Vanniar (Chieftain)

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Vanniar or Vanniyar (Tamil: வன்னியர், romanized: Vaṉṉiyar,Sinhala: වන්නියා, romanized: Vanniyā) was a title borne by chiefs in medieval Sri Lanka who ruled in the Chiefdom of Vanni regions as tribute payers to the Jaffna vassal state. There are a number of origin theories for the feudal chiefs, coming from an indigenous formation. The most famous of the Vanni chieftains was Pandara Vannian, known for his resistance against the British colonial power.[1]

Etymology[edit]

The word Vanni may have been a derivation of the Tamil word vanam, meaning "forest", with Vanniar meaning "person from the forest".[2] It may also have originate from vahni, meaning fire.[1]

History[edit]

Medieval Tamil chronicles such as the 18th-century Yalpana Vaipava Malai and stone inscriptions like Konesar Kalvettu recount that the Chola royal Kankan, a descendant of the legendary King Manu Needhi Cholan of Thiruvarur, Chola Nadu, restored the Koneswaram temple at Trincomalee and the Kantalai tank after finding them in ruins. He visited the Munneswaram temple on the west coast, before settling ancient Vanniars in the east of the island. According to the chronicles, he extensively renovated and expanded the shrine, lavishing much wealth on it; he was crowned with the epithet Kulakottan meaning Builder of tank and temple.[3][4]

Further to the reconstruction, Kulakottan paid attention to agricultural cultivation and economic development in the area, inviting the Vanniar chief Tanniuna Popalen and families to a new founded town in the area Thampalakamam to maintain the Kantalai tank and the temple itself.[5] The effects of this saw the Vanni region flourish. The Vanniars were brought here by this chief to make them cultivate in this region.[6][7]

Following the re-rise of the Tamil kingdom in the medieval period and demise of the Rajarata kingdom period after the twelfth century AD, many petty chiefs took power in the buffer lands between the northern-based Jaffna Vassal State and other kingdoms based on the southwest of the island – namely Kotte Kingdom and the Kandyan Kingdom.These petty chiefs paid tribute to the Jaffna Vassal State. Sometimes they were independent of any central control or subdued by the southern kingdoms during the European colonial era for strategical purposes. The ruling class was composed of multi-caste origins.

The Vannimai ruling class arose from a multi-ethnic and multi-caste background. According to primary sources such as the Yalpana Vaipava Malai, some were descended from Vanniyar caste immigrants from modern Tamil Nadu, whereas others were of Mukkuvar, Karaiyar, Vellalar and other caste origins.[8][9][10][11] Some scholars conclude the Vanniyar title as a rank of a local chieftain which was introduced by the Velaikkarar mercenaries of the Chola dynasty.[12] There were also number of Vannia chiefs of Sinhalese ancestry.[13] Many kings and chiefs with titles such as Vannia had ruled in northern areas of modern Sri Lanka termed as Vanni Nadu or Vannimai during the Jaffna Vassal State era.[14]

As a title, it is no longer registered amongst northern Sri Lankan Tamils but in the 1900s it was present singly in the North and North Central provinces.[15]

Notes[edit]

  1. ^ a b Somasundaram, Daya (2010). "Collective trauma in the Vanni- a qualitative inquiry into the mental health of the internally displaced due to the civil war in Sri Lanka". Int J Ment Health Syst. 4: 22. doi:10.1186/1752-4458-4-22. PMC 2923106. PMID 20667090.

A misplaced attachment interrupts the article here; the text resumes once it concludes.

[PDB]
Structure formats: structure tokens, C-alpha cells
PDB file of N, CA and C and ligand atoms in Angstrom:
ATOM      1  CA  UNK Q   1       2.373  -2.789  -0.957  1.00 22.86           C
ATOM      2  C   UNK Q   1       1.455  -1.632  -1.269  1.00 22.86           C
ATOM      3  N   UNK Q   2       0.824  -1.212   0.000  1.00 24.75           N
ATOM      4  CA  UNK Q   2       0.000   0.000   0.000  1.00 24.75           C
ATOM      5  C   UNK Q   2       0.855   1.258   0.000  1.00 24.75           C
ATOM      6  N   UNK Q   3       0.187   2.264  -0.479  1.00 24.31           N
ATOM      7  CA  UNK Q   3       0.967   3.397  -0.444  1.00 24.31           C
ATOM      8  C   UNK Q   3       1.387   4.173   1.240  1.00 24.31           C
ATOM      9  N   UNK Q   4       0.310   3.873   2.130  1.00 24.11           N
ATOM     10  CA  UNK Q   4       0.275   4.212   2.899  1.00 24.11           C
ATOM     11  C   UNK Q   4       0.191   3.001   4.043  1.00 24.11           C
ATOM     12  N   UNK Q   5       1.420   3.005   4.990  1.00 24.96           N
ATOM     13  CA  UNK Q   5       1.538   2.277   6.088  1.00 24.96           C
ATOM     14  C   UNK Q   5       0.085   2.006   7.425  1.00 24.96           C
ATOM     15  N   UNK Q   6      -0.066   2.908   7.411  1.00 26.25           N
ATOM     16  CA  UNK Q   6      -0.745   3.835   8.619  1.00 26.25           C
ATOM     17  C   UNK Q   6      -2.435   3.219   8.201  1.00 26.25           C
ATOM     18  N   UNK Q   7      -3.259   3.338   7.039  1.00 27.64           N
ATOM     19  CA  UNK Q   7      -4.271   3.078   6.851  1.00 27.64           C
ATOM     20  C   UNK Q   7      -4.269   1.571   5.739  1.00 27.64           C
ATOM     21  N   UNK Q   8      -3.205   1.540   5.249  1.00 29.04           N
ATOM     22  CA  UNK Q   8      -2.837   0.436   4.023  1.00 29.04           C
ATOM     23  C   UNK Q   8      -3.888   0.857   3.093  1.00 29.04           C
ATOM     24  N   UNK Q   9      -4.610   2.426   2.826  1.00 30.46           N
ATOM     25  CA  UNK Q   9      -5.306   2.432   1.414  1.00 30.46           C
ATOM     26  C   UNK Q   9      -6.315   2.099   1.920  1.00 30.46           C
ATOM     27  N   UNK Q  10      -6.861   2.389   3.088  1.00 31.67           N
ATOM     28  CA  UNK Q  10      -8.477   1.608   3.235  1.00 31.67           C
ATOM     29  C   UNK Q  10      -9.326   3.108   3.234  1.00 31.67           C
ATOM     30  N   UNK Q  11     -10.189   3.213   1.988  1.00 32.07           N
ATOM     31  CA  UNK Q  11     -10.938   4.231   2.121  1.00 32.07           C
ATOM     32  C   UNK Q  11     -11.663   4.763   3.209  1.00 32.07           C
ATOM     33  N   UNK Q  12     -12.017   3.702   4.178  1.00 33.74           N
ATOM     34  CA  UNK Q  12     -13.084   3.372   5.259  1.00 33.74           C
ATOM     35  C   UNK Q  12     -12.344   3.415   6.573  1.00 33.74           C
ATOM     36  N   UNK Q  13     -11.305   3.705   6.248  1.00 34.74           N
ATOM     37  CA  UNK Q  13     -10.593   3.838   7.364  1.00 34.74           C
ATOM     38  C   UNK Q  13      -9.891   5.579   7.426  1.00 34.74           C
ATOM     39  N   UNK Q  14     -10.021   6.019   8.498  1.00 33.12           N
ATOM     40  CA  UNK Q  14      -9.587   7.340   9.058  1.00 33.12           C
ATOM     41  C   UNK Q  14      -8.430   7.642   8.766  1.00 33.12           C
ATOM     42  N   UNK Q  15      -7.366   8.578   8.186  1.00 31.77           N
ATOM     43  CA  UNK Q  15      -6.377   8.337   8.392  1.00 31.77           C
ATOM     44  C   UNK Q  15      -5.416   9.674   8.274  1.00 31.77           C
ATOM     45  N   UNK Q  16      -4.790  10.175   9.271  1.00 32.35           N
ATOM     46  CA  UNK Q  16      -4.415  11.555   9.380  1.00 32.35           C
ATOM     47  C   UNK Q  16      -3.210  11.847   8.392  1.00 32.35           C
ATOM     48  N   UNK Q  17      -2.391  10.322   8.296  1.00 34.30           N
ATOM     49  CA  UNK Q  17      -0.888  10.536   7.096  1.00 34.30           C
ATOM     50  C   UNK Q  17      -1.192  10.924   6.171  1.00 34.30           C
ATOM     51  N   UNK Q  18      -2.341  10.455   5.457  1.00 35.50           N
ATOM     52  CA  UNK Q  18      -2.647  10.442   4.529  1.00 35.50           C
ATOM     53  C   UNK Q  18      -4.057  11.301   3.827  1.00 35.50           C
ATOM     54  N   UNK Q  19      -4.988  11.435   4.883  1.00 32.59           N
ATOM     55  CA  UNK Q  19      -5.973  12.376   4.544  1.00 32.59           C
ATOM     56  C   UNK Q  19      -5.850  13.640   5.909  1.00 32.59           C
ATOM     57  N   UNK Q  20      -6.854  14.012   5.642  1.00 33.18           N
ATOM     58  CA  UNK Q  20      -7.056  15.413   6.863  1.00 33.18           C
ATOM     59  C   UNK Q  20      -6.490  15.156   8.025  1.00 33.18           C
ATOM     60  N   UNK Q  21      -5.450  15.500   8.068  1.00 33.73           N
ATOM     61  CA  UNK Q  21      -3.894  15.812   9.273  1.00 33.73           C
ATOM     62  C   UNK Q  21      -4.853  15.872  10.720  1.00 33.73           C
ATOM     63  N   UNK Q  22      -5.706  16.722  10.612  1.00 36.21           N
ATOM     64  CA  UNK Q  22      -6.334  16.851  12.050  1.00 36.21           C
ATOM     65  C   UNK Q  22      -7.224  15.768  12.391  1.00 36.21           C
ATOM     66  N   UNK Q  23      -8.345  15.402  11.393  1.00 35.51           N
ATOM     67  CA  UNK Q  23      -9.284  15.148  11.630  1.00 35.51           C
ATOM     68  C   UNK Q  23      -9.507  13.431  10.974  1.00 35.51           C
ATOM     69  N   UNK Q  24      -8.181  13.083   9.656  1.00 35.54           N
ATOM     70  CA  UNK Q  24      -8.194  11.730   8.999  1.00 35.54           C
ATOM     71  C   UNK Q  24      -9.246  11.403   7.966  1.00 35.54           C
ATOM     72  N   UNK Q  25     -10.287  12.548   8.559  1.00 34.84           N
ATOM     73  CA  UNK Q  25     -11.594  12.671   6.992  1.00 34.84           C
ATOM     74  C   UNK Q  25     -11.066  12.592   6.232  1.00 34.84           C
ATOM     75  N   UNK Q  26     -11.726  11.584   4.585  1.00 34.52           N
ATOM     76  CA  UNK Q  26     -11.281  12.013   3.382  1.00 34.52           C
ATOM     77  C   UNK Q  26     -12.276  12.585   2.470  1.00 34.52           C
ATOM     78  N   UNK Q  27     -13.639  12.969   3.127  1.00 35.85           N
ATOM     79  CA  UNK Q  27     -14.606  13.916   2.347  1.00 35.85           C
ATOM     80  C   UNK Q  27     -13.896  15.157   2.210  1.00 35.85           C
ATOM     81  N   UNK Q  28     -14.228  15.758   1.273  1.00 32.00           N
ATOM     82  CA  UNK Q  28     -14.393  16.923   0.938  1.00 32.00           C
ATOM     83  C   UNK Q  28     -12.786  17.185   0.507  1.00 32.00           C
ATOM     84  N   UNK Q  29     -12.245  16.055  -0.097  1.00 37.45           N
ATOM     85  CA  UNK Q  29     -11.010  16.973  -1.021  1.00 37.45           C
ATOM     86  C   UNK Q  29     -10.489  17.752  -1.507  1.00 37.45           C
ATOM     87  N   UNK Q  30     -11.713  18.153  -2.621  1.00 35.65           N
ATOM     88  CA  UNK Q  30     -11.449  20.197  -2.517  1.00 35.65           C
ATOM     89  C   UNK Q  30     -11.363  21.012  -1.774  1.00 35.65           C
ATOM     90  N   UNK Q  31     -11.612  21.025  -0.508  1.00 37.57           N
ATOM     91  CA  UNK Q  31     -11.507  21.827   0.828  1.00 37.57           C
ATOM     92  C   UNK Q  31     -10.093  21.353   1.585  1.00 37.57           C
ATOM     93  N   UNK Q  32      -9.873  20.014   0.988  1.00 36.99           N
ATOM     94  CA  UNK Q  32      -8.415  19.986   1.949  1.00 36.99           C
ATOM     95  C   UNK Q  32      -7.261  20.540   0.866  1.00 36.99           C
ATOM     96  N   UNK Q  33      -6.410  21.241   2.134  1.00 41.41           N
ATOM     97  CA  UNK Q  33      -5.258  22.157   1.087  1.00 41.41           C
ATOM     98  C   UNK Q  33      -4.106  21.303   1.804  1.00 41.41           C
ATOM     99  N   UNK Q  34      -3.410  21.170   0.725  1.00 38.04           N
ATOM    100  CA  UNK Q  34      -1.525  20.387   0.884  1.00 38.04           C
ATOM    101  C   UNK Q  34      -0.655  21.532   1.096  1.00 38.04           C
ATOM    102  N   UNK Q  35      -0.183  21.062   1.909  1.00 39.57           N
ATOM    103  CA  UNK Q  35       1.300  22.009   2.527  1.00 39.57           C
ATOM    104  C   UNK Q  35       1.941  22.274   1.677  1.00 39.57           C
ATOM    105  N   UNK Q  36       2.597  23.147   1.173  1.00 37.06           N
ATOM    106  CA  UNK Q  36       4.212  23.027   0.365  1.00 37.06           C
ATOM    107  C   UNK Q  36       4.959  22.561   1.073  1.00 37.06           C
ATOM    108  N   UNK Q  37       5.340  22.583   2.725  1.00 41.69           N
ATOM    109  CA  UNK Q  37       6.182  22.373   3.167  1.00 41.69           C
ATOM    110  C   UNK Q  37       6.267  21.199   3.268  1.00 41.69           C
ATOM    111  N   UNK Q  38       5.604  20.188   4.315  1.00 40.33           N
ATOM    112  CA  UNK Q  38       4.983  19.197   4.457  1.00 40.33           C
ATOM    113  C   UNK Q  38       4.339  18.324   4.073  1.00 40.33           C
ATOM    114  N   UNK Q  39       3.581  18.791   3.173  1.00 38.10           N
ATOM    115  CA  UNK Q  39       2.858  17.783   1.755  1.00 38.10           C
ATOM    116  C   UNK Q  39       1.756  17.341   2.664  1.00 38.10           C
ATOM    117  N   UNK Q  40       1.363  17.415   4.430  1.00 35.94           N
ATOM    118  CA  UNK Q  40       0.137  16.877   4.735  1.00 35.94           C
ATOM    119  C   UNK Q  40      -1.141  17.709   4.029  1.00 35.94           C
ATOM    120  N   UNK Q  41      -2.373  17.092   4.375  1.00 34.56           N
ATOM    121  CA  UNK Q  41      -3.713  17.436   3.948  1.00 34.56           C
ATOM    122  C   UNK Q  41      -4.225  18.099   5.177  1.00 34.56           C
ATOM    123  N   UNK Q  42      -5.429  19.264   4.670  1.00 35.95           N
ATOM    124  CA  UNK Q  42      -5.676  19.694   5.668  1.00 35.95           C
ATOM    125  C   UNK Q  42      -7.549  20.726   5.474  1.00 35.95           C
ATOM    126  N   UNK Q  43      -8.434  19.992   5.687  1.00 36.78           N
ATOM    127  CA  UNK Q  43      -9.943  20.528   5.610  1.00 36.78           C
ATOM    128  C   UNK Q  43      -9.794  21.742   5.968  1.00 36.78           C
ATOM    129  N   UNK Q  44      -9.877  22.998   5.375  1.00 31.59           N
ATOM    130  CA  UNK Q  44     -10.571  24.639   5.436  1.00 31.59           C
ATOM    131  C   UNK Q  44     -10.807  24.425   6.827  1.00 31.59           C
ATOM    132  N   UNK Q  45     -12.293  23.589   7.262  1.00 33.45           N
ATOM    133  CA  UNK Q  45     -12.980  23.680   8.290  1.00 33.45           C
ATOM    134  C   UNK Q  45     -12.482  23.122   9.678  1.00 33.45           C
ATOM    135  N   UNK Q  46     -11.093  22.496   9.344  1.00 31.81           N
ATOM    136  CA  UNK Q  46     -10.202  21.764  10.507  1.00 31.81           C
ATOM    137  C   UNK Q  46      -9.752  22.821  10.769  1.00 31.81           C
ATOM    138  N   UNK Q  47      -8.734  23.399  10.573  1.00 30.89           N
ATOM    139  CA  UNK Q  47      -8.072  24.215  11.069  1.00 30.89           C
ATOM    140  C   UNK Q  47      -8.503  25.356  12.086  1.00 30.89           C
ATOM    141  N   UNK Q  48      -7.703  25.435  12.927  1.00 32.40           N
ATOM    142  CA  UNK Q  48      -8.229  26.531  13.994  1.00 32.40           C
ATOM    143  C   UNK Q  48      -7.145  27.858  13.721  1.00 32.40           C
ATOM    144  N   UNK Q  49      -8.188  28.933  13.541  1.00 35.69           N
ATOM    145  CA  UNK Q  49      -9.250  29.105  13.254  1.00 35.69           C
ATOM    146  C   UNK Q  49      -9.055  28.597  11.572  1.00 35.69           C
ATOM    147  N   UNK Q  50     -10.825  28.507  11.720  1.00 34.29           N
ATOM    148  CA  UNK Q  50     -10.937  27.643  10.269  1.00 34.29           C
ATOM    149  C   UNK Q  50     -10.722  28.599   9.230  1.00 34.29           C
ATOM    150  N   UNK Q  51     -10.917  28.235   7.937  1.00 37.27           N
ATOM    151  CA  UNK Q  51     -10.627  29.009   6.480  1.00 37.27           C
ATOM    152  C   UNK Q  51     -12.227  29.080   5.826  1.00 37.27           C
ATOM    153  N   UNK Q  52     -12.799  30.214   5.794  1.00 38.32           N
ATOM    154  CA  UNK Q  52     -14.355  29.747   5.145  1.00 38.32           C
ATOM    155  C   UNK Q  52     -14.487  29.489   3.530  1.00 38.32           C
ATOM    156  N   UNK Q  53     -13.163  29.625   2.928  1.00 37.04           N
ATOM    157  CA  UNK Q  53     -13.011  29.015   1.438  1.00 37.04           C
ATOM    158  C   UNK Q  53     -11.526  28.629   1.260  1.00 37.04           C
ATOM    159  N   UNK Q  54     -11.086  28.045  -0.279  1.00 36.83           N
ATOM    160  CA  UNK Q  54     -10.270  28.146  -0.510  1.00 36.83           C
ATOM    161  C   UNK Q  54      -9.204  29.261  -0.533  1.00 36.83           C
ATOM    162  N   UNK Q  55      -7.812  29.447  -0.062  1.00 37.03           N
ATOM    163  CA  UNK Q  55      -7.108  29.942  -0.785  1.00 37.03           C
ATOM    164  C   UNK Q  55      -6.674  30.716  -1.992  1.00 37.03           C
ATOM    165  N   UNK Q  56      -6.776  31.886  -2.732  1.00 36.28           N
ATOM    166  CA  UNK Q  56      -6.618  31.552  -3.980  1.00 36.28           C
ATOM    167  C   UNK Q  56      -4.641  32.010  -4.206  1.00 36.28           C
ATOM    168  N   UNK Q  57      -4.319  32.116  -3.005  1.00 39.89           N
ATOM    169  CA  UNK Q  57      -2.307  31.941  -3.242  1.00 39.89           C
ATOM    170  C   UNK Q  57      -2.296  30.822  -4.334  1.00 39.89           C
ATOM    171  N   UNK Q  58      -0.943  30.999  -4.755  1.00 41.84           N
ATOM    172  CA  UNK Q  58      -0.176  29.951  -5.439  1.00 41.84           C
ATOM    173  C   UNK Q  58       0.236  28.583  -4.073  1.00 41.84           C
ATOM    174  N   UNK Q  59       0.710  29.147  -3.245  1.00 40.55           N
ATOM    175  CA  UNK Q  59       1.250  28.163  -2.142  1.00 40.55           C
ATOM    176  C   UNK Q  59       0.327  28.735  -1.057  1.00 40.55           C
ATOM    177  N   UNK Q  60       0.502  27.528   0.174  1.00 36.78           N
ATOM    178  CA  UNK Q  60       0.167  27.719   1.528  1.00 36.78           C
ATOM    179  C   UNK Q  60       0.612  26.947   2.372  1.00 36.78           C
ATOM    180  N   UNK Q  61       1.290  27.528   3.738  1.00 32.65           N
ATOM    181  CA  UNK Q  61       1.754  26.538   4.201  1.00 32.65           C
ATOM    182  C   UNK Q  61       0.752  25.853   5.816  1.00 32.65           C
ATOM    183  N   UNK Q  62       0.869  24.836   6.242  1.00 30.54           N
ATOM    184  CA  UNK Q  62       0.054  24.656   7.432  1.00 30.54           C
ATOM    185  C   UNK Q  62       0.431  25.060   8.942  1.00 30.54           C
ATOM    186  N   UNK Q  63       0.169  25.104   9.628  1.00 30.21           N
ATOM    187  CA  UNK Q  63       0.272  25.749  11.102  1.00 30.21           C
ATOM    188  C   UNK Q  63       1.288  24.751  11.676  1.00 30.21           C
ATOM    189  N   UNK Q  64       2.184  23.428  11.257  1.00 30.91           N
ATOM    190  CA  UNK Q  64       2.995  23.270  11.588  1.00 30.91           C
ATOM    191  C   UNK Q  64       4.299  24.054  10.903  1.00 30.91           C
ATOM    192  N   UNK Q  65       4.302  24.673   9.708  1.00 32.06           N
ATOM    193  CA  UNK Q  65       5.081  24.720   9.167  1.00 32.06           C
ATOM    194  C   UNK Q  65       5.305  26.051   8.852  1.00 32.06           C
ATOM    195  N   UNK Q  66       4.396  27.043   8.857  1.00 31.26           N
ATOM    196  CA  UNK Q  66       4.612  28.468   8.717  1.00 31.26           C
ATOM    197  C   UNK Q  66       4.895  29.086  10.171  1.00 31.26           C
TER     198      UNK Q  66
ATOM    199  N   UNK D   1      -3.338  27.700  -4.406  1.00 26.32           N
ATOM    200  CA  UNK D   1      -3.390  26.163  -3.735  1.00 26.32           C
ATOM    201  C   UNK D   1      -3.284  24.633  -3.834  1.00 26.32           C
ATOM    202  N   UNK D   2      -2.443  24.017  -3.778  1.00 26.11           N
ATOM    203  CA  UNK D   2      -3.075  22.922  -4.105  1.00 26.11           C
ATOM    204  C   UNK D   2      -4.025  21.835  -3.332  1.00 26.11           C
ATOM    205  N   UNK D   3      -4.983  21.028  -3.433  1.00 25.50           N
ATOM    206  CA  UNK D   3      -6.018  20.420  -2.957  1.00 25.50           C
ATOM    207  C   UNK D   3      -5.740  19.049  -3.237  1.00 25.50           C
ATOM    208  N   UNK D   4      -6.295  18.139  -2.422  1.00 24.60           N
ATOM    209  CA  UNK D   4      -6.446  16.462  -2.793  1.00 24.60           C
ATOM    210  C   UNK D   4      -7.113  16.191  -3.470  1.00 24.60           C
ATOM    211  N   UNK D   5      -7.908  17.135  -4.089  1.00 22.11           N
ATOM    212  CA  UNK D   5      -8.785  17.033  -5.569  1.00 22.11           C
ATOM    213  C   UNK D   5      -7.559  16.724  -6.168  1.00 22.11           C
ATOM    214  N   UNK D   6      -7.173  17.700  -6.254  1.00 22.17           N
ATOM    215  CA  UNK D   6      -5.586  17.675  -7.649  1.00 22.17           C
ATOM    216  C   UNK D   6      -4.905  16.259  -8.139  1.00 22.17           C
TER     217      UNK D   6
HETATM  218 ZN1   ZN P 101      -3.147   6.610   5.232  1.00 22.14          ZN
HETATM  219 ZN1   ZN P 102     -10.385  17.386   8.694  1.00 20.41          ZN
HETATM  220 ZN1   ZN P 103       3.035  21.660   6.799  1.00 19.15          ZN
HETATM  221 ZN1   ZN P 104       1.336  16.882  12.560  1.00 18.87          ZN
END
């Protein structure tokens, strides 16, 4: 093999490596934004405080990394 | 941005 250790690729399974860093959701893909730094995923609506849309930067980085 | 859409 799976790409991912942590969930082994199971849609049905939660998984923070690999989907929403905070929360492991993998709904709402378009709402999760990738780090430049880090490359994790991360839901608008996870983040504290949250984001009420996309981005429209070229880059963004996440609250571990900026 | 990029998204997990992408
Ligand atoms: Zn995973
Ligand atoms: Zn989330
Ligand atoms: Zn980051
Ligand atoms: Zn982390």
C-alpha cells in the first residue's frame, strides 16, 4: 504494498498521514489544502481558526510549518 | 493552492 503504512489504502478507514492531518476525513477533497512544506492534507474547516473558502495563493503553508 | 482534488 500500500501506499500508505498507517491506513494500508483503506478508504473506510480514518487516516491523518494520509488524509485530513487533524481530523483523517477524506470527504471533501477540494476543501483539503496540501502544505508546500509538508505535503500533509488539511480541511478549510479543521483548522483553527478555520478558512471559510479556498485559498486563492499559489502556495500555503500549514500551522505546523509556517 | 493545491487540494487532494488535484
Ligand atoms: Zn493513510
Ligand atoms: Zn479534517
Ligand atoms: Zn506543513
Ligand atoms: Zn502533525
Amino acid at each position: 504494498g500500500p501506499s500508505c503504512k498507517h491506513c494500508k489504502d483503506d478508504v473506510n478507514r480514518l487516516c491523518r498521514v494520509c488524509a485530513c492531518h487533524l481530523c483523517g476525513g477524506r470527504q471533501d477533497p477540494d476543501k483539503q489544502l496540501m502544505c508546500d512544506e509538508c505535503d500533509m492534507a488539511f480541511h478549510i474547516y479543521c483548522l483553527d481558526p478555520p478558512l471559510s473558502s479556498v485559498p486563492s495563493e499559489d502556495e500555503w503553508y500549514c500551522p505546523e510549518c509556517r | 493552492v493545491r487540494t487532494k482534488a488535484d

2. ^ Karthigesu, Indrapala. Sri Lankan Tamil Society and Politics. pp. 7–9.
  3. ^ Schalk, Peter; Veluppillai, A.; Nākacāmi, Irāmaccantiran̲ (2002-01-01). Buddhism among Tamils in pre-colonial Tamilakam and Īlam: Prologue. The Pre-Pallava and the Pallava period. Almqvist & Wiksell. ISBN 9789155453572.
  4. ^ South India and Ceylon, by K.K. Pillay. University of Madras. 1963-01-01.
  5. ^ Pridham, Charles (2016-05-19). An Historical, Political, and Statistical Account of Ceylon and Its Dependencies, Volume 2. BiblioLife. ISBN 9781357465452.
  6. ^ Sivaratnam, C. (1968-01-01). The Tamils in Early Ceylon. Author.
  7. ^ The Lord of Thiruketheeswaram: An Ancient Hindu Sthalam of Hoary Antiquity in Sri Lanka : Being an Account, of how Thiruketheeswaram Became a Sacred Sthalam, of the Many Temples that Were Erected Here Through the Ages, and of the Several Celebrated Devotees who Received His Grace. S. Arumugam. 1980-01-01.
  8. ^ McGilvray, Mukkuvar Vannimai: Tamil Caste and Matriclan Ideology in Batticaloa, Sri Lanka, p.34-97
  9. ^ Karthigesu, Sri Lankan Tamil Society and Politics, p.7-9
  10. ^ McGilvray, Dennis B. (2008-05-07). Crucible of Conflict: Tamil and Muslim Society on the East Coast of Sri Lanka. Duke University Press. p. 156. ISBN 0822341611.
  11. ^ Arasaratnam, Sinnappah (1996-01-01). Ceylon and the Dutch, 1600-1800: External Influences and Internal Change in Early Modern Sri Lanka. n Variorum. p. 422. ISBN 9780860785798.
  12. ^ Guṇavardhana, Raṇavīra; Rōhaṇadīra, Măndis (2000). History and Archaeology of Sri Lanka. Central Cultural Fund, Ministry of Cultural and Religious Affairs. p. 210. ISBN 9789556131086.
  13. ^ Silva, K. M. De (1995). The "traditional Homelands" of the Tamils: Separatist Ideology in Sri Lanka : a Historical Appraisal. International Centre for Ethnic Studies. p. 40. ISBN 9789555800044.
  14. ^ Peebles, History of Sri Lanka, p.31-32
  15. ^ Karthigesu, Sri Lankan Tamil Society and Politics, pp. 7–9

References[edit]

  • McGilvray, Dennis (1982). Mukkuvar Vannimai: Tamil Caste and Matriclan Ideology in Batticaloa, Sri Lanka, (Caste Ideology and Interaction). Cambridge University Press.
  • Kartithigesu, Sivathamby (1995). Sri Lankan Tamil society and politics. New Century Book House. p. 189. ISBN 81-234-0395-X.
  • Peebles, Patrick (2006). The History of Sri Lanka. United States: Greenwood Press. p. 248. ISBN 0-313-33205-3.